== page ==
An Interview with NIHC’s Kevin Latner
“We have developed a comprehensive plan based on NIHC vision and mission to promote U.S. worldwide,” explains Kevin Latner, NIHC’s Senior Vice President of Trade and Marketing. “Policy initiatives, trade facilitation, supply chain development and market development will provide the framework for U.S. export success.”
In November 2020, USDA’s Foreign Agricultural Service (FAS) notified the National Industrial Hemp Council (NIHC) that it had been approved as a recipient of Market Access Program (MAP) funds. The funding, should be available by April this year, provides NIHC the ability to grow the international market for the U.S. hemp industry. This will allow the hemp industry to develop program success such as other industries (e.g., peanuts, cotton, beer and wine, raisins, poultry and eggs, grains, dairy) have created in international trade opportunities for their industries through MAP programming.
Traditionally, MAP programming includes developing trade policy, trade facilitation, supply chain development, and market development. What will programming for NIHC look like? “As a new to market product and a first-year program NIHC, our first priority will be identifying market opportunities, including priority markets, and communicating about the quality and availability of U.S. product to those markets.”
Latner is spearheading the initiative and for good reason. He is an experienced executive leader, a change strategist and former U.S. diplomat. He has been in international agriculture and marketing for over 30 years delivering organizational leadership and operational excellence as a senior government, association and private sector leader. Specifically, his experience working at FAS for 15 years and running MAP programs for large participants provides NIHC the expertise to launch and maintain this initiative.
MAP programs extend to virtually every corner of the globe, helping to build markets for a wide variety U.S. farm and food products. FAS provides cost-share assistance to eligible U.S. organizations for activities such as consumer advertising, public relations, point-of-sale demonstrations, participation in trade fairs and exhibits, market research and technical assistance. When MAP funds are used for generic marketing and promotion, participants must contribute a minimum 10-percent match. For promotion of branded products, a dollar-for-dollar match is required.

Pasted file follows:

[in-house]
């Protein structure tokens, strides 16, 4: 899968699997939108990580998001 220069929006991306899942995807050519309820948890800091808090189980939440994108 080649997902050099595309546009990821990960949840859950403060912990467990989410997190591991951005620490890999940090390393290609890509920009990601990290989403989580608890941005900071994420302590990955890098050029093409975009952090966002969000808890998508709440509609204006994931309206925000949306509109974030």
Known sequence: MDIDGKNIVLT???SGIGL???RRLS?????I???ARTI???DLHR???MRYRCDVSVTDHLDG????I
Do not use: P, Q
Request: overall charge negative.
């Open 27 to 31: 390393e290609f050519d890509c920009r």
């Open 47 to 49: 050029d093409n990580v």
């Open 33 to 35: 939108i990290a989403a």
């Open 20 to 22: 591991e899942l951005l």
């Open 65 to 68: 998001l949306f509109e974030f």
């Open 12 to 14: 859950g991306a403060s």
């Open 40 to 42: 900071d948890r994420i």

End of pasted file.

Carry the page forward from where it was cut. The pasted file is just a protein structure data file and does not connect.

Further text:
It is quite an accomplishment to receive MAP funding. There is only $175 million distributed amongst competitive applicants. The requirements are rigorous to get and maintain the funding. “It is the widely recognized as one of the best public-private partnerships,” says Latner. MAP programs benefits not just an individual company, but the entire industry by leveling the playing field. Individual companies benefit through greater access and market opportunities internationally. According to market research by Informa, it was concluded that the return on investment for Market Access Program funds is 30-35 to 1.
Rigorous application criteria and a comprehensive application process ensures that funds are allocated through a competitive process. Applications must understand their markets, be able to report on trade and have developed meaningful performance metrics to evaluate program results. “In addition, NIHC’s leadership is bringing the industry together behind a unified banner on trade development that has been a critical component to securing funding,” explains Latner. “We look forward to continuing to work cooperatively with stakeholders as we use this funding on behalf of the industry.”
Export Readiness – Are You Ready?
While the appeal to reap the benefits of a 35-1 return on investment is attractive, Latner says you must be qualified to navigate international business. If you need help determining your export readiness, individual companies work through the NIHC, state departments of agriculture or the state regional trade groups (i.e., FoodExport, the Southern U.S. Trade Associationand the Western U.S. Trade Association). These organizations will help direct companies to international trade shows where business relationships can be built. Some organizations will even provide translators, offer translation services for marketing materials, and other support.
With the pandemic, business-building programming is sporadic, but NIHC’s long-term plans include trade missions and sponsoring international trade shows. “In a new industry, like hemp, the best way to do this is get in front of people to establish trust in relationships. We want to help create the marketplace to offer business-to-business marketing.”
The demand for hemp worldwide is growing, notes Latner. “Last year, Bloomberg estimated that by 2023 the hemp industry would be a $25 billion global market. NIHC’s implementation of the MAP program will allow the U.S. industry to communicate to government about market access challenges, better understand market opportunities and create business to business marketing opportunities,” he says.
Ultimately, NIHC’s implementation of the MAP will build market development opportunities for U.S. hemp exports through education and communication to government, business and, long-term, even consumer.
To ensure industry-focused programming, NIHC has a marketing subcommittee that provides strategic guidance on long-term goals and reviews implementation. “The committee provides critical input and represents the diversity of the hemp industry,” Latner explains.
More information will be coming throughout the year on MAP efforts. If your company has an interest in doing international business, now is the time to start planning ahead!